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post #9 of Old 03-16-2007
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Cheap boats are expensive...

Originally Posted by gentryd
I'm new to sailing and have my eye on two boats that I can get next to nothing. A 31' Southern Cross, Hull #89 which will take quite abit of work to restore or a 1984 27' Hunter that can be ready to sail with minor cleaning and repair. There's alot of info on Hunter's, some people love them, others hate them. I'm really looking for advise on the SC, doesn't seem to be many out there. Good boats? Ok for starting sailor? Are they manufactured hulls or kits? etc. Any and all info on SC and/ or advice-opinion of the Hunter vs. SC for 1st boat is most appreciated.
Many if not most Southern Cross's were sold as kits, where the quality of the result varies enormously. Most people would call the SC an "offshore" design where the boat's slowness is justified by its ability to handle tough conditions, a premise that gets some arguement. Nonetheless, the 31 rates 222 in PHRF which is quite slow for the size. You'd be much better off with a classic fin keel like a Pearson or Catalina 30 unless you feel the "offshore" design (or at least the pretension of such) is important to you.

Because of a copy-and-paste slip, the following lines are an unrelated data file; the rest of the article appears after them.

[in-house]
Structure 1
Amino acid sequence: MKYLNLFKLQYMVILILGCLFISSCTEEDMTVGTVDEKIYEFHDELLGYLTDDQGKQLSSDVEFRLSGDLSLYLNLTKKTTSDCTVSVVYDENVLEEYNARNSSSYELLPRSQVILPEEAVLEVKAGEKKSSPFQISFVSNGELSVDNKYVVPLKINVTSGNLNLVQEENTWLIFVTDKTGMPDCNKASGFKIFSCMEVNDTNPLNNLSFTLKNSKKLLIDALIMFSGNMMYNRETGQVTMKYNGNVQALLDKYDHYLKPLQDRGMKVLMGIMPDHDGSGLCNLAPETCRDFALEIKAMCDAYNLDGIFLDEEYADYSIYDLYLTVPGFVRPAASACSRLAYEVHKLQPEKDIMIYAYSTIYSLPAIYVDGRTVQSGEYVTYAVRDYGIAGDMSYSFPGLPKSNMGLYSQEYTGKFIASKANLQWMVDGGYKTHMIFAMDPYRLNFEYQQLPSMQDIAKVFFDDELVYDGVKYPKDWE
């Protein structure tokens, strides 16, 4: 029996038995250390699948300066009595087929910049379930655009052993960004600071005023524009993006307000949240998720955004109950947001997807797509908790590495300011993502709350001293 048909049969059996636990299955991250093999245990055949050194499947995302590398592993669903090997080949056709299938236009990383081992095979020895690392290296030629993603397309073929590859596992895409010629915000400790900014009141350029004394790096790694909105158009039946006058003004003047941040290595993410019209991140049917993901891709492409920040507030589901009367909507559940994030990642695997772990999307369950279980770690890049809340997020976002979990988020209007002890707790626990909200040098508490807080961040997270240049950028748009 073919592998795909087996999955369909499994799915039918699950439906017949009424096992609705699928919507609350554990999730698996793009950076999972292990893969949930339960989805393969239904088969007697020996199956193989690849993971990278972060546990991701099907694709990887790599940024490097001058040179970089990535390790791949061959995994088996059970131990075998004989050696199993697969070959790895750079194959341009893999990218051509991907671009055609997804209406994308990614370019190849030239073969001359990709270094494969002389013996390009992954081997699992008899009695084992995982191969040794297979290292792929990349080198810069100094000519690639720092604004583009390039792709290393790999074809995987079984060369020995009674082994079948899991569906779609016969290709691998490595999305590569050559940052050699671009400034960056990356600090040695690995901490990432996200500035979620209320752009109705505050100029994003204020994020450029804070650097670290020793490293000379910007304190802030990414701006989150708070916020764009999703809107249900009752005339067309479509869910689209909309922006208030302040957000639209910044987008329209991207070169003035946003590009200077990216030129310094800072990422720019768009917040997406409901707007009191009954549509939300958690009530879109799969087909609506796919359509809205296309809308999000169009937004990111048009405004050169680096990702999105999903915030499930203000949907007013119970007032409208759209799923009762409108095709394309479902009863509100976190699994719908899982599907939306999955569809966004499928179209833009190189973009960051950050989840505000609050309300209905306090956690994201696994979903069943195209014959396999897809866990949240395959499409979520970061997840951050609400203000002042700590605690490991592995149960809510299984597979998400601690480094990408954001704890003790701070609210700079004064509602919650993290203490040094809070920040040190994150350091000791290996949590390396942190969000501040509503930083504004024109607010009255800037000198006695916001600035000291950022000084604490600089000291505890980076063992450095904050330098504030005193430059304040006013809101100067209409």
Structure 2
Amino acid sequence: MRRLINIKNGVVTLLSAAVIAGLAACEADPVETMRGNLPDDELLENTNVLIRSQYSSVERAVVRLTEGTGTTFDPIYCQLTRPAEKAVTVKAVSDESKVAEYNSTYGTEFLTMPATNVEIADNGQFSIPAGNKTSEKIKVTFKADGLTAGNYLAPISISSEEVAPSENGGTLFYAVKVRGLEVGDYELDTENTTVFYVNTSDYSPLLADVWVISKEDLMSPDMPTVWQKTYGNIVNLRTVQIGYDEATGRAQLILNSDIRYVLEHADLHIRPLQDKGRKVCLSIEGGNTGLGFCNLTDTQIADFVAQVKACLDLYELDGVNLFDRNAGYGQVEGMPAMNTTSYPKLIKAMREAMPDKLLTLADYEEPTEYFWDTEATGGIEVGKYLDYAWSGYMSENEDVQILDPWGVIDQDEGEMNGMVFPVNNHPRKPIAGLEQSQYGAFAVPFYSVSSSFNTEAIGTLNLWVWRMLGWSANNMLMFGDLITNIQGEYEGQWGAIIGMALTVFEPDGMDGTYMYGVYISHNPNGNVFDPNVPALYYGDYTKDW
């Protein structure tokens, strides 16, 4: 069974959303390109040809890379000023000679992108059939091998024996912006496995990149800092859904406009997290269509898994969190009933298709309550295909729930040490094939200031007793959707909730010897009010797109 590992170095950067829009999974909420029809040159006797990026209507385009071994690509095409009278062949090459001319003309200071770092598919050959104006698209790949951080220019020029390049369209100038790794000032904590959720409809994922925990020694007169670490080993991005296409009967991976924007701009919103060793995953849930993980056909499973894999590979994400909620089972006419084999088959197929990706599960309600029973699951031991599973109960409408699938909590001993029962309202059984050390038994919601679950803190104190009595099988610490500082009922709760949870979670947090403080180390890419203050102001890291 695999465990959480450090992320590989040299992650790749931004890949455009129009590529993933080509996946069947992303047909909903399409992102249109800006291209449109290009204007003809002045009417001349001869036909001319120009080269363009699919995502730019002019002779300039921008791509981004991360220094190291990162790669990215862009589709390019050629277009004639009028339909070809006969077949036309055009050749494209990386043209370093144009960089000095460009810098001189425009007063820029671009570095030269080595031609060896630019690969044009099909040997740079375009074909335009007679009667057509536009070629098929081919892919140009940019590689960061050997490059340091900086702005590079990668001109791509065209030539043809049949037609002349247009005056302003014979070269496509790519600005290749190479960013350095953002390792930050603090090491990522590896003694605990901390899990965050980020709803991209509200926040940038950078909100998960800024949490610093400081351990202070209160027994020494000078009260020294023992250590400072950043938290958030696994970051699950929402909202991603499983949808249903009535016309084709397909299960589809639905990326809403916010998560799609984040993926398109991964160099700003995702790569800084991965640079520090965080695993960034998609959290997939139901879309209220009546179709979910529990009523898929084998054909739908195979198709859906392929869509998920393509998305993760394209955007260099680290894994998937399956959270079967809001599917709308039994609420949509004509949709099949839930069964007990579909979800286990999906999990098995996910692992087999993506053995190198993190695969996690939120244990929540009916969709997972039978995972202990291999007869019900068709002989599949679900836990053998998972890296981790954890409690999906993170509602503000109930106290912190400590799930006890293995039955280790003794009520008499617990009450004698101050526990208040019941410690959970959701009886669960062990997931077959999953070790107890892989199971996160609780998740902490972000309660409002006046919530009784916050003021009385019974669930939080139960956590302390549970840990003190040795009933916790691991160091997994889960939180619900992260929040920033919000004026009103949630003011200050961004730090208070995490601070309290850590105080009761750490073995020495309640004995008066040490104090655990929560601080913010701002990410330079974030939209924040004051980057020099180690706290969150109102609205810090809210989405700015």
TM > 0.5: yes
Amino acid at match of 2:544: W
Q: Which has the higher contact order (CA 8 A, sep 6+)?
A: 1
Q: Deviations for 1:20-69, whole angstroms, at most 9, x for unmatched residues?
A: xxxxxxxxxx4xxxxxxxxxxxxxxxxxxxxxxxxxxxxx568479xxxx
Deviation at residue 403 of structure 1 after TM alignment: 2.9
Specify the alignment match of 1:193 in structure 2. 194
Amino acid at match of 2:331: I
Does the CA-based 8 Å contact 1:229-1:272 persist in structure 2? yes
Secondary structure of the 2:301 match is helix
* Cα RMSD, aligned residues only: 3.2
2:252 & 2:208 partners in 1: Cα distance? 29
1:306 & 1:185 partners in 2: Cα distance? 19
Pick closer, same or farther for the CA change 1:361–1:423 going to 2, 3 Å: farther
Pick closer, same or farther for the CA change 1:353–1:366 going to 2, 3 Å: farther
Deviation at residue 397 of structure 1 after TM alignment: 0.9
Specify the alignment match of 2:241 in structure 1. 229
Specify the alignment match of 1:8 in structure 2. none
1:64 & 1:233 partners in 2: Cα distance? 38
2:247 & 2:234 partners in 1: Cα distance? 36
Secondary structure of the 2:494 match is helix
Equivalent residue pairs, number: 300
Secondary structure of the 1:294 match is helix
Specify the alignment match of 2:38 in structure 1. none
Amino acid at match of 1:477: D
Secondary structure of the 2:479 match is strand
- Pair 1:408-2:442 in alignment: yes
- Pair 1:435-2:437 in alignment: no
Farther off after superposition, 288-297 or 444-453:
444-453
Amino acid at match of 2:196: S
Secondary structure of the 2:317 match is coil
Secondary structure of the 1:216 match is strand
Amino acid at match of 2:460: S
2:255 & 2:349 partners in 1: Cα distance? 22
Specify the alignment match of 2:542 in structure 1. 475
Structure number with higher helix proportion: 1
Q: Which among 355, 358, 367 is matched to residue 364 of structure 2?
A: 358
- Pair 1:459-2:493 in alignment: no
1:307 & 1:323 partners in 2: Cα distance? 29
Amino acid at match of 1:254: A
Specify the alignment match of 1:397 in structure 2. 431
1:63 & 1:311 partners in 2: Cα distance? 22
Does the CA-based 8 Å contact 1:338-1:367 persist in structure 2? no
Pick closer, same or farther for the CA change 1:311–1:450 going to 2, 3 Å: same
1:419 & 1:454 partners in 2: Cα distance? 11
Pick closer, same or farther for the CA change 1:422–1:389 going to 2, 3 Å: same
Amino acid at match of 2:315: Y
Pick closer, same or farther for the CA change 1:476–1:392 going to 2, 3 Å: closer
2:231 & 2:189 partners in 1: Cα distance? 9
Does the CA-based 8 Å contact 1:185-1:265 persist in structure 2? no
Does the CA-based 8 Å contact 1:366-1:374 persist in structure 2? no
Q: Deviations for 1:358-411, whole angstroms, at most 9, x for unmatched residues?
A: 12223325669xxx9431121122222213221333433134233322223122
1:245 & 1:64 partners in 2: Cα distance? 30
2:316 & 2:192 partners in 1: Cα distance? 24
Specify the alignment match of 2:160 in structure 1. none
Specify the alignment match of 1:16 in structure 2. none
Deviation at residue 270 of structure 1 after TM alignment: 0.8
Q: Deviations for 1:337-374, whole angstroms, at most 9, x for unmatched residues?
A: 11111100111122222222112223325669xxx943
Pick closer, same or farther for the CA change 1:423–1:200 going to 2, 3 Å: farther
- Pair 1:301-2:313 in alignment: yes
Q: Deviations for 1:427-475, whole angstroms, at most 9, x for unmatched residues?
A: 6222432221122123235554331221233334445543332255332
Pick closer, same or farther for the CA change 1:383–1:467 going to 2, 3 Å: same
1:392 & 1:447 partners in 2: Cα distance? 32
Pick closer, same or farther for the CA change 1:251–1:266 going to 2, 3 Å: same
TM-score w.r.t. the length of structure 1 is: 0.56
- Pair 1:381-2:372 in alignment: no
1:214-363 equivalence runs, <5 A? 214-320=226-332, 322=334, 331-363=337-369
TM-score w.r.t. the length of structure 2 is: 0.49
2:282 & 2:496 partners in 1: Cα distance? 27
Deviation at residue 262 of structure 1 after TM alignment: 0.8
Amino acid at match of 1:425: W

I would think it a bad idea to buy a fix-me-upper (FMU)for a first boat, as you will be amazed at the cost and time involved in doing boat work - I believe many FMU buyers (myself included) end up upside financially - putting far more money into the boat than the resulting market value. A cheap boat can end up being very expensive...The cheapest boat to buy, is to pay a fair market price for a well-equipped, well maintained, needs-nothing boat - typically the guy selling it is taking a hosing (me for example).

Hunters in general, and old Hunters in particular, have a spotty reputation, the source of a good deal of discusssion/dispute on this board. See to get a feel for the reasons for the reputation. You would be better off to pay a bit more and get a Catalina.

Last edited by sailingfool; 03-16-2007 at 04:06 PM.
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